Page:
Councillors have given the green light for an innovative way of raising much needed funds for Wokingham Borough Council.
The council will be adopting its own property portfolio strategy as a way of raising revenue after the scheme was approved at this week’s Executive meeting.
This move will see the council borrowing up to a total of £100 million to buy private and commercial properties as an investment, and potentially developing on its own land and assets.
Cllr Oliver Whittle, executive member for finance, said: “Like councils up and down the country we are seeing reductions in central government funding resulting in ever widening gaps and growing pressures on our services.
“We need to look to innovative ways of generating revenue so we can continue providing essential services such as care for the elderly and young, waste collections and road maintenance.
“Investing in property is one way of doing this and would deliver more returns for the taxpayer than are currently available from bank returns.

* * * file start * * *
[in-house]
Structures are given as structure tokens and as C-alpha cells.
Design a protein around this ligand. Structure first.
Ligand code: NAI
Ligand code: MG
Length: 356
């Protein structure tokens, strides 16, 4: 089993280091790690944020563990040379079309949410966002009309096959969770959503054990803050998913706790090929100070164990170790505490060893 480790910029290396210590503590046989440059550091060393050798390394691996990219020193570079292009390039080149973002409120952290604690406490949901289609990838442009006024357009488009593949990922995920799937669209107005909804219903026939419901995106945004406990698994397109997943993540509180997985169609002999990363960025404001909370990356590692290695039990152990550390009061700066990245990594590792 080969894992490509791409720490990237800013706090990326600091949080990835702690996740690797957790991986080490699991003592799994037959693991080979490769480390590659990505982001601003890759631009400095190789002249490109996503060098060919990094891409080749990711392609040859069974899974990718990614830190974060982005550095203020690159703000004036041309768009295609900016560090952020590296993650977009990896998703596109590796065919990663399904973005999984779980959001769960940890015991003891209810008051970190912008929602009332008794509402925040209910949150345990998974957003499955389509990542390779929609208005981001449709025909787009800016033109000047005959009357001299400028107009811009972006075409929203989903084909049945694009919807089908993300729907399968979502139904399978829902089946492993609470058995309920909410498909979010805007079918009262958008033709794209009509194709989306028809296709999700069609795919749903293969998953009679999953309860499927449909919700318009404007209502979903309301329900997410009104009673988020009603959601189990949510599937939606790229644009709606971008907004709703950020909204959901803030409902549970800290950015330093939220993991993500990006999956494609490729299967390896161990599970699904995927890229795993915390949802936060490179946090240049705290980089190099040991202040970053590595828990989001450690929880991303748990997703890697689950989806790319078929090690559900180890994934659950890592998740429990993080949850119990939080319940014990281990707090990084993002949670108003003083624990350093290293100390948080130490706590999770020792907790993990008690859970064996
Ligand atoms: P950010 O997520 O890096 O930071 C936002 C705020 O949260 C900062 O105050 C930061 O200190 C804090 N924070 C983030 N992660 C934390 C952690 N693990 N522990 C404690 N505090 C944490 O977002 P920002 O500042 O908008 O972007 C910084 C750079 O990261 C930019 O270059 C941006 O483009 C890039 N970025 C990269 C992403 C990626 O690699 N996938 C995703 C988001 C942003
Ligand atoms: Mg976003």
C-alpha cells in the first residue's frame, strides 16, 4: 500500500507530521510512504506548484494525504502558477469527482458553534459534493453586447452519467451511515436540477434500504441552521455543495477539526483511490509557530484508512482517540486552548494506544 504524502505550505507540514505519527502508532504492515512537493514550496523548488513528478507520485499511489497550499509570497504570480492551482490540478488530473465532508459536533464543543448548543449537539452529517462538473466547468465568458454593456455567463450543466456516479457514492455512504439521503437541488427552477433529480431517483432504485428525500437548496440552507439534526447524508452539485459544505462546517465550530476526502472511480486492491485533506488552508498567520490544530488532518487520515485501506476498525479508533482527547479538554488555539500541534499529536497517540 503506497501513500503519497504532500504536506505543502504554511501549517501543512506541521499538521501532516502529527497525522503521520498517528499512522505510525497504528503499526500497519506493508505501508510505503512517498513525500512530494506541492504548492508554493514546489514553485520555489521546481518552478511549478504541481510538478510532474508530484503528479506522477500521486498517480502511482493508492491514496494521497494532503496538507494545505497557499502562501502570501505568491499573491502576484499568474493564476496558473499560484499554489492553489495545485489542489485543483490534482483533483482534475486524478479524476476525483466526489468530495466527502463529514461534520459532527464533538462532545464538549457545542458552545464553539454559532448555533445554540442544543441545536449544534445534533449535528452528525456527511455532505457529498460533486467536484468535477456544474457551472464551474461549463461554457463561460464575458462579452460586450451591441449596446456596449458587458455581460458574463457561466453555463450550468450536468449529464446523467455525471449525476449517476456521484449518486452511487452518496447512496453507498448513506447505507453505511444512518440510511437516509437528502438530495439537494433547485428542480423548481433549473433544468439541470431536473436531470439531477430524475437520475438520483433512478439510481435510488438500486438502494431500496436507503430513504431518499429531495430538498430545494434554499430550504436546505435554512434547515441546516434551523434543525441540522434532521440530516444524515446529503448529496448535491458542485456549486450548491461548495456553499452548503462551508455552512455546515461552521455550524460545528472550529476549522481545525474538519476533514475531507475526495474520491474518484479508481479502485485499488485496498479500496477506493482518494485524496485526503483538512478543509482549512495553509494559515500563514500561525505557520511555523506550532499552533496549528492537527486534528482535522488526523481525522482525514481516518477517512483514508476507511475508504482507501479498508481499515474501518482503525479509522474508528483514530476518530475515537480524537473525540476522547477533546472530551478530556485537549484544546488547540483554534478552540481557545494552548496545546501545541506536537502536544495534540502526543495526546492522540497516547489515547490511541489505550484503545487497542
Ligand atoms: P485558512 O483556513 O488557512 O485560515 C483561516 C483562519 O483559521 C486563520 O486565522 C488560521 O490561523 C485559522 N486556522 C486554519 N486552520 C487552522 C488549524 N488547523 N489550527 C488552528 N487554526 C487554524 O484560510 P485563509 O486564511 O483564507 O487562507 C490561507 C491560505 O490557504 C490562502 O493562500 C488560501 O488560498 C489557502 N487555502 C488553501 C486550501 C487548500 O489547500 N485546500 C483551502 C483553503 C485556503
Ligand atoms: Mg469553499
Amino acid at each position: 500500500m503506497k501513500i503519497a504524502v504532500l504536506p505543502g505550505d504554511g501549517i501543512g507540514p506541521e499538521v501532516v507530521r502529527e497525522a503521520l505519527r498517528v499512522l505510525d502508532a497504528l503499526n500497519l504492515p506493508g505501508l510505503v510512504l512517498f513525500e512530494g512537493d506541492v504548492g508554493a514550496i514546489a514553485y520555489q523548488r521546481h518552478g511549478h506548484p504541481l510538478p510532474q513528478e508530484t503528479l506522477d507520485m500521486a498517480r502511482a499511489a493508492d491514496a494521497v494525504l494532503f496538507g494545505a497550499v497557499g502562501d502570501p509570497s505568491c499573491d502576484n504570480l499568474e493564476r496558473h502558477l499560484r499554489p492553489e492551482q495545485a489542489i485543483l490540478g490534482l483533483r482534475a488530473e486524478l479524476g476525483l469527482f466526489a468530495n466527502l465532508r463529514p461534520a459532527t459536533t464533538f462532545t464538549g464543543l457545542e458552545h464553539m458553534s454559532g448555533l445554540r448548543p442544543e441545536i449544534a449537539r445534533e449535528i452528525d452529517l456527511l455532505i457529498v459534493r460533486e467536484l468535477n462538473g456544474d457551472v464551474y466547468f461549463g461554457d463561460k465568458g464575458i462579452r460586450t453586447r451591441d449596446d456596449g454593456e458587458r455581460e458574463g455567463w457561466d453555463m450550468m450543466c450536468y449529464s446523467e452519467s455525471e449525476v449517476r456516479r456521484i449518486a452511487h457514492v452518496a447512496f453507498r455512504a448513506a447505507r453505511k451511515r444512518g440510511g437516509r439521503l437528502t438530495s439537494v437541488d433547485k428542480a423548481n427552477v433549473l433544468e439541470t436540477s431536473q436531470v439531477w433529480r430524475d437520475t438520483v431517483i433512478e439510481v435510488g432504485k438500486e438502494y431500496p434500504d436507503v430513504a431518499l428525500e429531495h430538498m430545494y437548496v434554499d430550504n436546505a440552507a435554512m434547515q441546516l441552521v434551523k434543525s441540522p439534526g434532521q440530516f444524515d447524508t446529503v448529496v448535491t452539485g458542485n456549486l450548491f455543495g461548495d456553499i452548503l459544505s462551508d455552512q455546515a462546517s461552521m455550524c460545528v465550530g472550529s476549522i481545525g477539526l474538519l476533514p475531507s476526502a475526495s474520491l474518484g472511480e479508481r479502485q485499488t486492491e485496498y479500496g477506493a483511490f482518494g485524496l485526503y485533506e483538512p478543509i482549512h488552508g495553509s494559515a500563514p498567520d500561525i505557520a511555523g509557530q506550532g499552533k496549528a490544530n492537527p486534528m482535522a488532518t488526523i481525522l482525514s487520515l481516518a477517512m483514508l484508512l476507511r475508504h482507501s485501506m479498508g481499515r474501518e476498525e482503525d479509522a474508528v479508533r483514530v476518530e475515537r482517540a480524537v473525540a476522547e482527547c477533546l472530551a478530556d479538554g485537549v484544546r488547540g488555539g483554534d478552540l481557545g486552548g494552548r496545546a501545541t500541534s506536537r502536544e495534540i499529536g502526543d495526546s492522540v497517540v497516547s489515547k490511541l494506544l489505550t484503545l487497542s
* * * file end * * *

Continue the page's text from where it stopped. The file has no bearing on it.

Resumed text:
“We can also look at the wider benefits for the community, such as housing needs, when investing in our own land.”
As part of the scheme an investment protocol will be put in place to ensure every potential risk is assessed before a property is bought by the council.
There will be a case review of each would-be purchase and when it passes that test it will have to go through the appropriate approval process set by the council.
It is proposed that there are two types of investment – development on council owned land and investing in other developments or property.
To mitigate the impact of any uncertainty, the objective is to accumulate a spread of investments across many different opportunities, including a variety of property types, sizes and locations.
“We face severe pressures as a result of central government austerity,” Cllr Stuart Munro, executive member for business, economic development and regeneration, added.
“Despite responding well to funding cuts we still need to find reductions of £20 million over the next three years and there are only so many cuts this council can take.
“Therefore it is essential we explore all ways of raising our own funds to make up for the shortfall from government.
“Any net yield achieved from property investment will provide a direct profit to the council and be made available to help and serve the people of this borough.”